Two Lessons from the Life of Queen Elizabeth II

I just finished reading a biography of Queen Elizabeth. It has been a while since I read a biography, and I was reminded of why they are so good. You learn so much including history, significant and insignificant details about the person, and, obviously, his/her life story. One other thing, in addition, is that you learn much about human nature. You can identify with the person because they are, well, human. A biography is not a book that dictates to you what you should or should not do, but rather it articulates what someone did. As a thinking reader, you will find yourself placing yourself in the situation and thinking, “How would I have responded?”

I gleaned much from Queen Elizabeth’s life, British history, the monarchy, etc. There have been a couple of things, though, that have been going through my mind that I want to share.

1. Your Greatest Strength Can Often Be Your Greatest Weakness.

I have heard this many times, but it really hit home to me in Elizabeth’s life. She has had, in many ways, an impeccable character. I admire her for so many things. One thing she is known for is for being “the most humble monarch” England has known. She is genuinely interested in others, and never imposes and rarely even shares her opinions with anyone. Anyone. And there lies her weakness. It is said that she refused to “interfere” with her children.

“The Queen is the least self-absorbed person you could ever meet.”
“That is her policy. She never says anything to her children. She is a very decent person, but she won’t intervene with anyone.” (p. 305)

She is not self-absorbed. I respect that, and find it extremely honorable. But how can you be so self-absorbed that you are afraid to step in when you need to, especially when it might actually save your children from disaster? This quote was in reference to finding out about her Charles’ ongoing relationship with Camilla and Diana’s psychological problems, including eating disorders and suicidal tendencies before they were married. The marriage was on a down-hill trajectory before it ever started. But Elizabeth said nothing.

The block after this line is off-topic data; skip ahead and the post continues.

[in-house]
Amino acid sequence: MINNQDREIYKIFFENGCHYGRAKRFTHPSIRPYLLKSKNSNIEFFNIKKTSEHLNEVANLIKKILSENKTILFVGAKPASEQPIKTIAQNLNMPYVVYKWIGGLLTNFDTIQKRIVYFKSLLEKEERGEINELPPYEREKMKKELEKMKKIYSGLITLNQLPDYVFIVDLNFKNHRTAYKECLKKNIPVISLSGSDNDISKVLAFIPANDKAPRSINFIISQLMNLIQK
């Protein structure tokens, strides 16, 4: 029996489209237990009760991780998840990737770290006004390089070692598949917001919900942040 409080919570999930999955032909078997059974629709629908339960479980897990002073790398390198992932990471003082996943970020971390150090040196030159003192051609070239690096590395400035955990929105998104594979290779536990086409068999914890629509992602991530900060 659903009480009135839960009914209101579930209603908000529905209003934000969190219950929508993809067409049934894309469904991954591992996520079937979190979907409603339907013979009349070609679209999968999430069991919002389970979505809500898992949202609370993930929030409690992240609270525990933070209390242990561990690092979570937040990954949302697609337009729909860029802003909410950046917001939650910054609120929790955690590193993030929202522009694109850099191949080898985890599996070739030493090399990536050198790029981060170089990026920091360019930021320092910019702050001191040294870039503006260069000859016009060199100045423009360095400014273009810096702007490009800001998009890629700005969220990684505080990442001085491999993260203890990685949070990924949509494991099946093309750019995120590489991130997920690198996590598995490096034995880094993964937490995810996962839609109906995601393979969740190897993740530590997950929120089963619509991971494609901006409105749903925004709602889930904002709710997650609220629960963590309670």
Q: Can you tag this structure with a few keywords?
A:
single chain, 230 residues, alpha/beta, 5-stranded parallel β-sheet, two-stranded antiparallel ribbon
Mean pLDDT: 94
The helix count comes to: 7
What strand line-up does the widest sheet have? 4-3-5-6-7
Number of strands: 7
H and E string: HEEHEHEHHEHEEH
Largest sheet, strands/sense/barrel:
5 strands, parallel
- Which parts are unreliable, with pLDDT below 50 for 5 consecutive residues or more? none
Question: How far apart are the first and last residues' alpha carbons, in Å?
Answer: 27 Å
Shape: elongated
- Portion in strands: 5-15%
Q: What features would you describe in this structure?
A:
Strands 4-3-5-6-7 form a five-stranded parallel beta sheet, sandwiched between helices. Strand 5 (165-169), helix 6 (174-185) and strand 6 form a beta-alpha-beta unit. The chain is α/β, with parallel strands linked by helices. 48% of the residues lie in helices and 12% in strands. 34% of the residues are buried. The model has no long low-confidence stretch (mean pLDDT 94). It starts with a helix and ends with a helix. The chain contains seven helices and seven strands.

I am not saying that it would have necessarily changed the outcome, but the lesson I am taking away for myself is that sometimes the least self-absorbed thing to do might be to do the opposite of what you are known for doing. In this case, loving her children as herself would have caused her to overcome her own strength of not pushing herself on others, and to find a different kind of strength to lovingly warn and share her opinion.

2. Values Must be Lived and Taught.

I came away with so much respect for Queen Elizabeth II. Sixty years as queen with impeccable character. No tabloids accusing her of indecency. Faithfulness and love to her husband. Steady character. Amazing, really.

And then we think of her children. Morally, they have failed. They have brought shame to themselves and the monarchy. Divorces. Accusations. Affairs. You name it.

We often hear the phrase, “it is not what you say, but what you do.” This is often said when we think of people who spout off moral truths but live the opposite. Our children and those around us are not going to believe what we say if we live the exact opposite. This is very true and, as a mom, it is something I often think about.

But the other side is that just because you live it does not mean your children will catch it. They must be taught the truths of Scripture. Queen Elizabeth loves her Bible, hates divorce, and believes that an upright, decent character is of utmost importance. She lived that. I admire that. But I cannot help but believe that if she truly believed that the Bible was the only way she would have taught that to her children. She didn’t. She wrongly assumed that her character would rub off on them.

As a mom, I was reminded that I need to live what I believe, but I also need to teach those truths from the Source of all wisdom. Both are important.

That’s it for today! Those are a couple of things mulling around my mind since reading her story. Have you been thinking about any great truths lately? Please share!

 

Comments

  1. Very interesting and enlightening observations. We sometimes forget about “the other side of the coin.” Sometimes not intervering is pure selfishness– it protects us from, oh, so many unknowns!

  2. This fall our small group went through Andy Stanley’s book, The Grace of God. One of his points was that sometimes the most gracious thing we can do for someone is to lovingly point out error in their lives. Yet so often we think that confronting someone is the opposite of grace. It’s been convicting because it’s so much easier to let things slide than to deal with them. And it’s so hard to see it as an act of grace when someone points out my flaws.

    • Johanna says:

      “Yet so often we think that confronting someone is the opposite of grace. ” — So true and so difficult at the same time!

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